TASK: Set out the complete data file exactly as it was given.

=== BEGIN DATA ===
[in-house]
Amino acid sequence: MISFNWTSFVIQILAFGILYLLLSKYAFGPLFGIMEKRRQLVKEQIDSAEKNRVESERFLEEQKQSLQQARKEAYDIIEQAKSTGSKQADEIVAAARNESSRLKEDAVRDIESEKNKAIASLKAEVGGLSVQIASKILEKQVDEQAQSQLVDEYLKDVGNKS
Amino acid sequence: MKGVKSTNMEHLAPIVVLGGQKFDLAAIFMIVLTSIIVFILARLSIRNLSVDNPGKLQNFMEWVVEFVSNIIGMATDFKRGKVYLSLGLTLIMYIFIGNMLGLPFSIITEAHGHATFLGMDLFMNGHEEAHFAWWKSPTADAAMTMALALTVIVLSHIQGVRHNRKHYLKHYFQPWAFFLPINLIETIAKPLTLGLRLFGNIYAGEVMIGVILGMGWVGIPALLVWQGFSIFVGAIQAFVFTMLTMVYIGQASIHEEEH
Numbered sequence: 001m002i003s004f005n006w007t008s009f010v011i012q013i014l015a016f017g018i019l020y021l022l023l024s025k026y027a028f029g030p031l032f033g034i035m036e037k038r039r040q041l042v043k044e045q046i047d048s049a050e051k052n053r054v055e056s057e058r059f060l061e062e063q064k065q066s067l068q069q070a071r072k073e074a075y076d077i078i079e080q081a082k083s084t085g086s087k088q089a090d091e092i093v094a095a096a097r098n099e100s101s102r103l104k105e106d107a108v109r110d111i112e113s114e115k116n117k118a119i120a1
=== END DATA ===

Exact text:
[in-house]
Amino acid sequence: MISFNWTSFVIQILAFGILYLLLSKYAFGPLFGIMEKRRQLVKEQIDSAEKNRVESERFLEEQKQSLQQARKEAYDIIEQAKSTGSKQADEIVAAARNESSRLKEDAVRDIESEKNKAIASLKAEVGGLSVQIASKILEKQVDEQAQSQLVDEYLKDVGNKS
Amino acid sequence: MKGVKSTNMEHLAPIVVLGGQKFDLAAIFMIVLTSIIVFILARLSIRNLSVDNPGKLQNFMEWVVEFVSNIIGMATDFKRGKVYLSLGLTLIMYIFIGNMLGLPFSIITEAHGHATFLGMDLFMNGHEEAHFAWWKSPTADAAMTMALALTVIVLSHIQGVRHNRKHYLKHYFQPWAFFLPINLIETIAKPLTLGLRLFGNIYAGEVMIGVILGMGWVGIPALLVWQGFSIFVGAIQAFVFTMLTMVYIGQASIHEEEH
Numbered sequence: 001m002i003s004f005n006w007t008s009f010v011i012q013i014l015a016f017g018i019l020y021l022l023l024s025k026y027a028f029g030p031l032f033g034i035m036e037k038r039r040q041l042v043k044e045q046i047d048s049a050e051k052n053r054v055e056s057e058r059f060l061e062e063q064k065q066s067l068q069q070a071r072k073e074a075y076d077i078i079e080q081a082k083s084t085g086s087k088q089a090d091e092i093v094a095a096a097r098n099e100s101s102r103l104k105e106d107a108v109r110d111i112e113s114e115k116n117k118a119i120a1